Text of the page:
We sleep in. The trees help keep the sun from reaching our tent – usually our last alarm if the snooze button was hit or forgotten in the car. The tent was moist inside and out. It had rained all night. The campsite was 30 miles from our morning destination – Lake Shasta Caverns located down a nice road with a “trailer” yacht campsite along the way.
We walk anxiously inside at 9:30 am and find out the first tour of the morning leaves in 30 minutes. Tickets are $24 each. I’m about to decline, but with the ticket comes a boat ride with informative Eric and a bus ride and cave tour by Katie full of jokes and history. We are joined by six other people – a non-talkative couple and two couples that were talking excitedly in another language. The bus ride goes up a 17% grade. Trains can handle 2% and semis up to 8% before their brakes catch on fire.
There are a lot of steps in this cave and plenty left to be explored that hasn’t been found yet. Bears are a popular sight around here, but we will have to be satisfied with a cell phone pic of a fresh paw print that the employees found this morning. We learned that the Grizzly bear – found on California’s state flag has not had a supportable habitat in the state since the 60s. Perhaps it’s just a good reminder of the damage that people have caused to the environment and will help us to do our part to preserve what we have left.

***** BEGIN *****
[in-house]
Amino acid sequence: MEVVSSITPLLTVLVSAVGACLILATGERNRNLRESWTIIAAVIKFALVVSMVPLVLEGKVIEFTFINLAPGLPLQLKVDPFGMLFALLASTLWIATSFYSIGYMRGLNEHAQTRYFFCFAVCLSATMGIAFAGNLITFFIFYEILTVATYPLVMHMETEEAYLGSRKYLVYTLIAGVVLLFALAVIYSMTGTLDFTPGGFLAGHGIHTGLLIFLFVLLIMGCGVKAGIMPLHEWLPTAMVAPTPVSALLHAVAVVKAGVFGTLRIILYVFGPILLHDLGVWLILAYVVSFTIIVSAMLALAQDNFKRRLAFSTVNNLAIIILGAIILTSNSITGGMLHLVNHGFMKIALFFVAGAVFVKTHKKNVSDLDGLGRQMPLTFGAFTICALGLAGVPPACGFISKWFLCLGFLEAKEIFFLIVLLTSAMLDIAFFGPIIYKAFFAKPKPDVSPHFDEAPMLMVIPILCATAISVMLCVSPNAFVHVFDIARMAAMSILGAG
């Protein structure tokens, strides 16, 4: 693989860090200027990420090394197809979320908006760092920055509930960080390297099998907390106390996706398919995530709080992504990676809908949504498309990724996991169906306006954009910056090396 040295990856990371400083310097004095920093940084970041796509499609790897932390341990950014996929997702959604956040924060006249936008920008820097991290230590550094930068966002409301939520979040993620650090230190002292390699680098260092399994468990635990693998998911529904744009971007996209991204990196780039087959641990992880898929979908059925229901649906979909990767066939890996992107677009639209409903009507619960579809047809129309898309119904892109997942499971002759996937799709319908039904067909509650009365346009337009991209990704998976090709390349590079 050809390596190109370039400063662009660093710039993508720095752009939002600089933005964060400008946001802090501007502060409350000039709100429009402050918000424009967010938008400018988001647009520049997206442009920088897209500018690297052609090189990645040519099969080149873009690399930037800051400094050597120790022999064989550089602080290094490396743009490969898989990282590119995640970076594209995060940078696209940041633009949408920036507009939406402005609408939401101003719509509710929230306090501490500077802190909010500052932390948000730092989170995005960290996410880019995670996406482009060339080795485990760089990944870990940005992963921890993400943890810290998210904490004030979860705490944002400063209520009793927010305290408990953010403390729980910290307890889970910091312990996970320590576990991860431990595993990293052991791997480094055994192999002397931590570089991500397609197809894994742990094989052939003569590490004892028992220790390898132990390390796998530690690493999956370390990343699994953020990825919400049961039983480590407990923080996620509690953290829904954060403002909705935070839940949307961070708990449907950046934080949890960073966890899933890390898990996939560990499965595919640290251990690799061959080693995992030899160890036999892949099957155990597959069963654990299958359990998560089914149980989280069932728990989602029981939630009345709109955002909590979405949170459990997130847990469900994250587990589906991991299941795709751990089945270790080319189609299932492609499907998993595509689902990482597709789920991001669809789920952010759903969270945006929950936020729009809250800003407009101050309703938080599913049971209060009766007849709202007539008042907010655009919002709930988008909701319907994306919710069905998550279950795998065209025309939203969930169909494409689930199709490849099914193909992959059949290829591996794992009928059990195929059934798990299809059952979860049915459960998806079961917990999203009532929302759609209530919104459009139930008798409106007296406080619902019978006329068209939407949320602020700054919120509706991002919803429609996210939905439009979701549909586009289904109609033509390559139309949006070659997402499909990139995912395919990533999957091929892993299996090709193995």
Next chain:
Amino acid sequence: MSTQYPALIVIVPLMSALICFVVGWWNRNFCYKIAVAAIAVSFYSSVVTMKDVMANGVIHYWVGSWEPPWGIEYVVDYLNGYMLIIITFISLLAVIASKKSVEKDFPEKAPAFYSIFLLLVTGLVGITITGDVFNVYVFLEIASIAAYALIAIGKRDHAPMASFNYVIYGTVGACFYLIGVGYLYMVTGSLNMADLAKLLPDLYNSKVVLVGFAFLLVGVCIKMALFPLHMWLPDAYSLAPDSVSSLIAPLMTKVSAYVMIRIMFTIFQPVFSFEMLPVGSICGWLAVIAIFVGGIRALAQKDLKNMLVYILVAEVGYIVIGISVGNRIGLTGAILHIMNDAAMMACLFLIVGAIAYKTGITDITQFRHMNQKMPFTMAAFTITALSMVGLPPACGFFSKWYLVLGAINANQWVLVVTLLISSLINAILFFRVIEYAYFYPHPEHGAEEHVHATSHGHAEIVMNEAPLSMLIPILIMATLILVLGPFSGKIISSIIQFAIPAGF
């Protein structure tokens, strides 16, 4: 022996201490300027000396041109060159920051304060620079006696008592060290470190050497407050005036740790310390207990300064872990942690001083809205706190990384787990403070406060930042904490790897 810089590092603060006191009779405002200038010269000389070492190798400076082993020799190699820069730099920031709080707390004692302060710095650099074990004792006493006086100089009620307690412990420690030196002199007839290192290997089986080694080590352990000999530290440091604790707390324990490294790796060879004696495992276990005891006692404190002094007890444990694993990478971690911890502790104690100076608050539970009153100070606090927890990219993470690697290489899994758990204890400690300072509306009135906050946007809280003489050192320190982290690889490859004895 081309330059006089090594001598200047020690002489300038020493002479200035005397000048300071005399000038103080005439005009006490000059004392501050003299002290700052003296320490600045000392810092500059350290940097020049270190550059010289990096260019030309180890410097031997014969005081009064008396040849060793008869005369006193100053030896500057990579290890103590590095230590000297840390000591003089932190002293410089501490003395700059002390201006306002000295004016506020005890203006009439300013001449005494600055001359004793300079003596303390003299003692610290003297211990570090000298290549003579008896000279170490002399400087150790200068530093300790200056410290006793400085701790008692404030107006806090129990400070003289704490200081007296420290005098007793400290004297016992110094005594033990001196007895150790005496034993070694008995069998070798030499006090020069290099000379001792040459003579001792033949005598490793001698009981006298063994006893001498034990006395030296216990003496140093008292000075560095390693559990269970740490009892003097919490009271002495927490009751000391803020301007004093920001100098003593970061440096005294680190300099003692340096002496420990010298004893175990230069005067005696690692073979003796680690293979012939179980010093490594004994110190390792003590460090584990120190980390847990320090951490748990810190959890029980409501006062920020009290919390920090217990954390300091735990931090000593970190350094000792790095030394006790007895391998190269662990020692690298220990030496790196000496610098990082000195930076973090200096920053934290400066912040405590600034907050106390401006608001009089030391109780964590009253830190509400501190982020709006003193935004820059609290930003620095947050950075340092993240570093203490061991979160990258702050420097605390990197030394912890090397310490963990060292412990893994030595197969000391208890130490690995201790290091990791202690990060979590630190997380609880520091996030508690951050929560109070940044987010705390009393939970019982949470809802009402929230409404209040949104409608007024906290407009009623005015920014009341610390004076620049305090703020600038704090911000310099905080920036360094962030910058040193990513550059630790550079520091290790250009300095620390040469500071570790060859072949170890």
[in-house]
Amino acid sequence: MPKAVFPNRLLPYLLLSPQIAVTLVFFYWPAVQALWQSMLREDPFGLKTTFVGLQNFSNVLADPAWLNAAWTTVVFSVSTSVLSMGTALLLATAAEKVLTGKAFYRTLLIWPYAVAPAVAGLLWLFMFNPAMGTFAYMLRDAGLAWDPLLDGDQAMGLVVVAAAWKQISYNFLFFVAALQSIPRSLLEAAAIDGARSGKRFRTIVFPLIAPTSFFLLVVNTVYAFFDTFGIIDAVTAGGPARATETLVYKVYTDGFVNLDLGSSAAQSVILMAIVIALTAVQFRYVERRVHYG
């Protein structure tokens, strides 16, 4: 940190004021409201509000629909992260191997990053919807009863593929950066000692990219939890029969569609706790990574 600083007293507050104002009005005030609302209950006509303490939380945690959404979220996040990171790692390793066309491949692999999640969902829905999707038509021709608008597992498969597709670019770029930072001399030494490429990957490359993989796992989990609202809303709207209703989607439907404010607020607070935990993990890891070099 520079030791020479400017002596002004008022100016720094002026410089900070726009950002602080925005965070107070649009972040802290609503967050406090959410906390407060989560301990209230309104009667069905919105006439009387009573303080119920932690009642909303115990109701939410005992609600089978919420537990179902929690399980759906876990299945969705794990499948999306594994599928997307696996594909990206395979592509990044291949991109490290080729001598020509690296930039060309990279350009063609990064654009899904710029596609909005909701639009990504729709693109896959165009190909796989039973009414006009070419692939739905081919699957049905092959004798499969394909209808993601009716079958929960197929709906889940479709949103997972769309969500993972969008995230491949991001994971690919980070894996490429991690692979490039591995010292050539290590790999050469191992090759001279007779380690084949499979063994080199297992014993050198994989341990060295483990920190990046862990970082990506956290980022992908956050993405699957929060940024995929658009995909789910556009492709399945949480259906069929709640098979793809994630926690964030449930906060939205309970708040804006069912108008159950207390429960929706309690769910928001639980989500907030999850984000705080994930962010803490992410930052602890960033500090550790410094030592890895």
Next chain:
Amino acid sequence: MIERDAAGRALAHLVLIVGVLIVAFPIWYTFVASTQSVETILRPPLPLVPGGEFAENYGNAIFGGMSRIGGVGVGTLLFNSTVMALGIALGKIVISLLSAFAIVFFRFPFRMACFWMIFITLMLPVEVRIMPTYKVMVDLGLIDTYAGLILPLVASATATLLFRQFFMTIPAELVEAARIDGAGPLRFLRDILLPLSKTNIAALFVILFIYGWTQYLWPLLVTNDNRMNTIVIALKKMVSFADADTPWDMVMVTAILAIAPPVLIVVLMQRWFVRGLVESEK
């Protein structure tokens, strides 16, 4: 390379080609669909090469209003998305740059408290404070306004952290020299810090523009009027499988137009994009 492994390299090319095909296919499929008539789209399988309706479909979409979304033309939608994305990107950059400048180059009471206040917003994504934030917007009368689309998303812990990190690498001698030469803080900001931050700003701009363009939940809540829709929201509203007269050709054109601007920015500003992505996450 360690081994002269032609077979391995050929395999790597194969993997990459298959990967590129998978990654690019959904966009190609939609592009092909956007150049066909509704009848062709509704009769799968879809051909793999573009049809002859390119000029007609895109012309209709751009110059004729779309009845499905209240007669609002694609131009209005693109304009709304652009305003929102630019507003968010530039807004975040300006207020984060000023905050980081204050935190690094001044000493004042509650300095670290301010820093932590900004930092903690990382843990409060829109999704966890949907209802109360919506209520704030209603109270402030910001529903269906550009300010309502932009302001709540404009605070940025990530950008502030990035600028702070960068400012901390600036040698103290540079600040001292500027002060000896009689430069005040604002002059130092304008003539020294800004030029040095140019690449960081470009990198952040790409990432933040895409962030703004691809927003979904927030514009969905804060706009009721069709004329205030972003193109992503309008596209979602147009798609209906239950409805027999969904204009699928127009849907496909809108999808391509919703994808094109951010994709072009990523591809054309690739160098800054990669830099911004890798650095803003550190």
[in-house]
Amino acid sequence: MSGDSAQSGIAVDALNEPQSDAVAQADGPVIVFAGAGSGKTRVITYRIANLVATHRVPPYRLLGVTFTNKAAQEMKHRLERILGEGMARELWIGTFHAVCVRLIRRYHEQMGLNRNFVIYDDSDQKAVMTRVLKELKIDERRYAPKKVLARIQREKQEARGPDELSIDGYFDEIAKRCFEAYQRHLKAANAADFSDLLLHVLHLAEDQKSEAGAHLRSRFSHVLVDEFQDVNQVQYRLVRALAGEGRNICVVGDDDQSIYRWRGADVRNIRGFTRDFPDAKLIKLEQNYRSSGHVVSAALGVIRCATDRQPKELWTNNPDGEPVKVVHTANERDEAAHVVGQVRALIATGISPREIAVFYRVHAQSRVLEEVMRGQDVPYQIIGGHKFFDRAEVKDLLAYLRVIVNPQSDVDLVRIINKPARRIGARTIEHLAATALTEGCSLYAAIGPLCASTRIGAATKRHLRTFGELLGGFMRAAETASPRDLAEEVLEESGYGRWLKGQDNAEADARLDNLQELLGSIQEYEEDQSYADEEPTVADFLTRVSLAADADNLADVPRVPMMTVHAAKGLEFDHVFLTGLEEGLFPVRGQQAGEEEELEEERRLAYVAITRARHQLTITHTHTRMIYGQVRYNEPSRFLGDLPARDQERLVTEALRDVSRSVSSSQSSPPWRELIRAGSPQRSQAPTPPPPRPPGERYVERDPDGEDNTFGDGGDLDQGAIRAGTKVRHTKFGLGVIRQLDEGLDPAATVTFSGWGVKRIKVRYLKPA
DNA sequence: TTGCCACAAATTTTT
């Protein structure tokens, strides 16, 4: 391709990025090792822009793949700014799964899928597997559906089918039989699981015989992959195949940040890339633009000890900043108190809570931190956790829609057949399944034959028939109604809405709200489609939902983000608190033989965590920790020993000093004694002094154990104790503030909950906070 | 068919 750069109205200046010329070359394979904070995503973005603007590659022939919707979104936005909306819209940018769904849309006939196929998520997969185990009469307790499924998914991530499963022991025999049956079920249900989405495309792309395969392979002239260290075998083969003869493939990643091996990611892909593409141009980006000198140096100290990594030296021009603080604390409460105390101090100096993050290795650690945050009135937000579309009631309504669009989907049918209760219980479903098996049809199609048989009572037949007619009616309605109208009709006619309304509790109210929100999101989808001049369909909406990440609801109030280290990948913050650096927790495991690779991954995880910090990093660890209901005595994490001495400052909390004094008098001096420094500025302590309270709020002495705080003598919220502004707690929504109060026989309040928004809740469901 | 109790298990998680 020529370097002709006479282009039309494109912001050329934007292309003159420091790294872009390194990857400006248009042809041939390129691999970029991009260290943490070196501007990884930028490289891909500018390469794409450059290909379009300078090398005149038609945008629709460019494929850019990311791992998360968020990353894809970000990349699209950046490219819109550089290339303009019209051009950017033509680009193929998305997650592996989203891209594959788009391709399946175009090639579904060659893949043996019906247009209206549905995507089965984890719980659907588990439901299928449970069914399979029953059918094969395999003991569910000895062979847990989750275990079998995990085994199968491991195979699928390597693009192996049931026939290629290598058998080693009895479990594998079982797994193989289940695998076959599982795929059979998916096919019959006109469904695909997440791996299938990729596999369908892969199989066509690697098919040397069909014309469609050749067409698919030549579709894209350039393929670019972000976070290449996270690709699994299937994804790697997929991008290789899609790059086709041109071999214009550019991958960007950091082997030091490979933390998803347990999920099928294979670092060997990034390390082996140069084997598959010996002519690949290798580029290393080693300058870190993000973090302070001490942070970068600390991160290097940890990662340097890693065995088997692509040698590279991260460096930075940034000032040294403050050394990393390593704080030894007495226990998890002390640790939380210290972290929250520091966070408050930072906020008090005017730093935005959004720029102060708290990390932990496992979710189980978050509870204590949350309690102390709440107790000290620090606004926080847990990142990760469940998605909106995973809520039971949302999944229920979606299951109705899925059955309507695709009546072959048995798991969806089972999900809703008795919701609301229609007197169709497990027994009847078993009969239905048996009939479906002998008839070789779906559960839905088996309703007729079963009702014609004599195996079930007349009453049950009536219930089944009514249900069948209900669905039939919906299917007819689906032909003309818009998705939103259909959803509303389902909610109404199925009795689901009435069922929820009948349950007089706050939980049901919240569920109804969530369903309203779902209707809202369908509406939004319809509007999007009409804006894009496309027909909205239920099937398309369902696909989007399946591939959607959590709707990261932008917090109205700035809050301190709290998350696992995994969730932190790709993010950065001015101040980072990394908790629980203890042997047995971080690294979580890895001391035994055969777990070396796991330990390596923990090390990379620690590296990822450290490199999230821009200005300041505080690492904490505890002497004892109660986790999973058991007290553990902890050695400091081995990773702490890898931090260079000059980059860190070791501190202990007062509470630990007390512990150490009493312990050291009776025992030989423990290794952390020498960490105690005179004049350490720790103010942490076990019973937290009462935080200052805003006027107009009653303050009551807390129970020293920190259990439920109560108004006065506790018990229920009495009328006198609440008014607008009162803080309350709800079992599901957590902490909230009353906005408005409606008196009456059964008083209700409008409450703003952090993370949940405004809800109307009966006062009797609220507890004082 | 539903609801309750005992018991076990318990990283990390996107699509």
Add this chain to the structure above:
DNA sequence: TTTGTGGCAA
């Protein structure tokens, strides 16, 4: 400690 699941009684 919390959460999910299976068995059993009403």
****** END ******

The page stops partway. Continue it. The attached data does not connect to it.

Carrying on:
Next stop, Shasta State Historic Park to learn about the people who went from being miners to merchants and how they eventually built their shops out of bricks to help prevent total destruction in fires – a popular disaster still common today. Then we went to Whiskeytown NRA to learn a little more. The dogs were allowed on the trail and joined us on a 1.7 mile hike to Whiskeytown Falls at a height of 220 feet.
Piggy fell off a bridge, but with her leash on I was able to keep her dry. On the way back down the trail I saw a flash of yellow fur jump up a hill and the dogs wanted to chase after it. I’m not one to stay too long around possible mountain lions but I did take a picture of his paw prints in the dirt… and was secretly hoping to get a photo of one full after a meal. We would only see a gray shape in the bushes for the rest of our return.
Caleb felt like another night of pizza and beer and found Pete’s restaurant in Sacramento to be a popular choice. We joined the trivia night half way through and finished far from winning. We learned that monarch butterflies migrate to the eucalyptus trees in Pacific Grove. We talked with Rachel, our friendly sports-fan bartender; Steve, the college student studying for his psychology exam; and Mike, the guy that had trouble deciding what to put where on his pizza. We talked some politics and then called it a night.
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